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2Physics Quote:
"Today’s most precise time measurements are performed with optical atomic clocks, which achieve a precision of about 10-18, corresponding to 1 second uncertainty in more than 15 billion years, a time span which is longer than the age of the universe... Despite such stunning precision, these clocks could be outperformed by a different type of clock, the so called “nuclear clock”... The expected factor of improvement in precision of such a new type of clock has been estimated to be up to 100, in this way pushing the ability of time measurement to the next level."
-- Lars von der Wense, Benedict Seiferle, Mustapha Laatiaoui, Jürgen B. Neumayr, Hans-Jörg Maier, Hans-Friedrich Wirth, Christoph Mokry, Jörg Runke, Klaus Eberhardt, Christoph E. Düllmann, Norbert G. Trautmann, Peter G. Thirolf
(Read Full Article: "Direct Detection of the 229Th Nuclear Clock Transition"

Sunday, March 21, 2010

Theory of Quantum Mechanics Applies to the Motion of Large Objects

(L to R) Andrew Cleland, Aaron O'Connell and John Martinis [photo credit: George Foulsham / Univ of California, Santa Barbara]

A team of physicists from University of California, Santa Barbara has provided the first clear demonstration that the theory of quantum mechanics applies to the mechanical motion of an object large enough to be seen by the naked eye. Their work satisfies a longstanding goal among physicists.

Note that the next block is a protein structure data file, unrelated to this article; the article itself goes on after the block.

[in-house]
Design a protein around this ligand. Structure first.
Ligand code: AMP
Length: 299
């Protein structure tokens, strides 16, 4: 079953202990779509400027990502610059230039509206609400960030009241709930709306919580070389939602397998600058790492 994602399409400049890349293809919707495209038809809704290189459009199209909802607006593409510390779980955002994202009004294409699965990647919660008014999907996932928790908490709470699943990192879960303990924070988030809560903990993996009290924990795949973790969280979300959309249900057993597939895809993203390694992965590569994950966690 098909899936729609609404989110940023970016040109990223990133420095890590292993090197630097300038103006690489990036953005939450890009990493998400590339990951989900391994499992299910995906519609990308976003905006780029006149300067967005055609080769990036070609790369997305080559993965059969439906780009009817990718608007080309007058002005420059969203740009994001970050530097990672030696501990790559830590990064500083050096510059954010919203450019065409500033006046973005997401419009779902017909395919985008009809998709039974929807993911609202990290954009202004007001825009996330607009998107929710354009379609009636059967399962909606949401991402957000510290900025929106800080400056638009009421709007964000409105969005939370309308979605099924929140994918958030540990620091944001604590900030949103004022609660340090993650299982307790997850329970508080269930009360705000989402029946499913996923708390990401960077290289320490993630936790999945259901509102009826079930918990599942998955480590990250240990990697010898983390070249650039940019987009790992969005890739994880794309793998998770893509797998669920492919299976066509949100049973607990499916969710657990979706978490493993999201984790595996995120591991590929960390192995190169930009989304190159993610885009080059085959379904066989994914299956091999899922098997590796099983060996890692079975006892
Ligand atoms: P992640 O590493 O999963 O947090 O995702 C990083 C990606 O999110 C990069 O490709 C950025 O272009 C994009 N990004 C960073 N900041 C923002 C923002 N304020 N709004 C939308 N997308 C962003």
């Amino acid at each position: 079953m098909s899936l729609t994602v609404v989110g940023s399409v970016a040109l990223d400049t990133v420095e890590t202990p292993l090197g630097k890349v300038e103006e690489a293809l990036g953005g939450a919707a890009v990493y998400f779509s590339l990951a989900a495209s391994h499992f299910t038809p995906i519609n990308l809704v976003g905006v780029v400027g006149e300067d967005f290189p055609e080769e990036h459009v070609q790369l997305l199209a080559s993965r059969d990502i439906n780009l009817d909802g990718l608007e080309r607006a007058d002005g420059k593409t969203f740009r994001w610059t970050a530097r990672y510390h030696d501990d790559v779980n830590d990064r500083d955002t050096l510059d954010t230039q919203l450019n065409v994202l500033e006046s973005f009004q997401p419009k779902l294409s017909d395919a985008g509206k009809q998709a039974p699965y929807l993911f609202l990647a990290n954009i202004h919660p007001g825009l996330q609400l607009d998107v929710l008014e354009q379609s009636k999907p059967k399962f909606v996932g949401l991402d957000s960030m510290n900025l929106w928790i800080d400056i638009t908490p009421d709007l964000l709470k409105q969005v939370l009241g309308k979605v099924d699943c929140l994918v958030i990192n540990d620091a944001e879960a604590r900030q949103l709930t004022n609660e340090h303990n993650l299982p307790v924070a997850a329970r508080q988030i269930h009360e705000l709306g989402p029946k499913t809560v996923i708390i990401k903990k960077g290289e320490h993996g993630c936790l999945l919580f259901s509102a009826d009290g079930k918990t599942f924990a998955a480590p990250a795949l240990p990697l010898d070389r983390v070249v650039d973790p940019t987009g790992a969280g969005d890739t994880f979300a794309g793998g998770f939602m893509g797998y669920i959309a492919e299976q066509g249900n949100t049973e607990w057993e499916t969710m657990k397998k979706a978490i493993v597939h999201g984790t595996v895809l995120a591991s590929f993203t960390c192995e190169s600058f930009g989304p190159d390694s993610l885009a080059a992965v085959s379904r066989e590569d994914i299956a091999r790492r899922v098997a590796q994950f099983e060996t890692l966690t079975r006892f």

In a paper published in the March 17 issue of the advance online journal Nature [1], Aaron O'Connell, a doctoral student in physics, and John Martinis and Andrew Cleland, professors of physics, describe the first demonstration of a mechanical resonator that has been cooled to the quantum ground state, the lowest level of vibration allowed by quantum mechanics. With the mechanical resonator as close as possible to being perfectly still, they added a single quantum of energy to the resonator using a quantum bit (qubit) to produce the excitation. The resonator responded precisely as predicted by the theory of quantum mechanics.

"This is an important validation of quantum theory, as well as a significant step forward for nanomechanics research," said Cleland.

The researchers reached the ground state by designing and constructing a microwave-frequency mechanical resonator that operates similarly to –– but at a higher frequency than –– the mechanical resonators found in many cellular telephones. They wired the resonator to an electronic device developed for quantum computation, a superconducting qubit, and cooled the integrated device to temperatures near absolute zero. Using the qubit as a quantum thermometer, the researchers demonstrated that the mechanical resonator contained no extra vibrations. In other words, it had been cooled to its quantum ground state.

Micrograph of the resonator

The researchers demonstrated that, once cooled, the mechanical resonator followed the laws of quantum mechanics. They were able to create a single phonon, the quantum of mechanical vibration, which is the smallest unit of vibrational energy, and watch as this quantum of energy exchanged between the mechanical resonator and the qubit. While exchanging this energy, the qubit and resonator become "quantum entangled," such that measuring the qubit forces the mechanical resonator to "choose" the vibrational state in which it should remain.

In a related experiment, they placed the mechanical resonator in a quantum superposition, a state in which it simultaneously had zero and one quantum of excitation. This is the energetic equivalent of an object being in two places at the same time. The researchers showed that the resonator again behaved as expected by quantum theory.

A. D. O’Connell, M. Hofheinz, M. Ansmann, Radoslaw C. Bialczak, M. Lenander, Erik Lucero, M. Neeley, D. Sank, H. Wang, M. Weides, J. Wenner, John M. Martinis & A. N. Cleland, "Quantum ground state and single-phonon control of a mechanical resonator", Nature advance online publication 17 March 2010 [doi:10.1038/nature08967].

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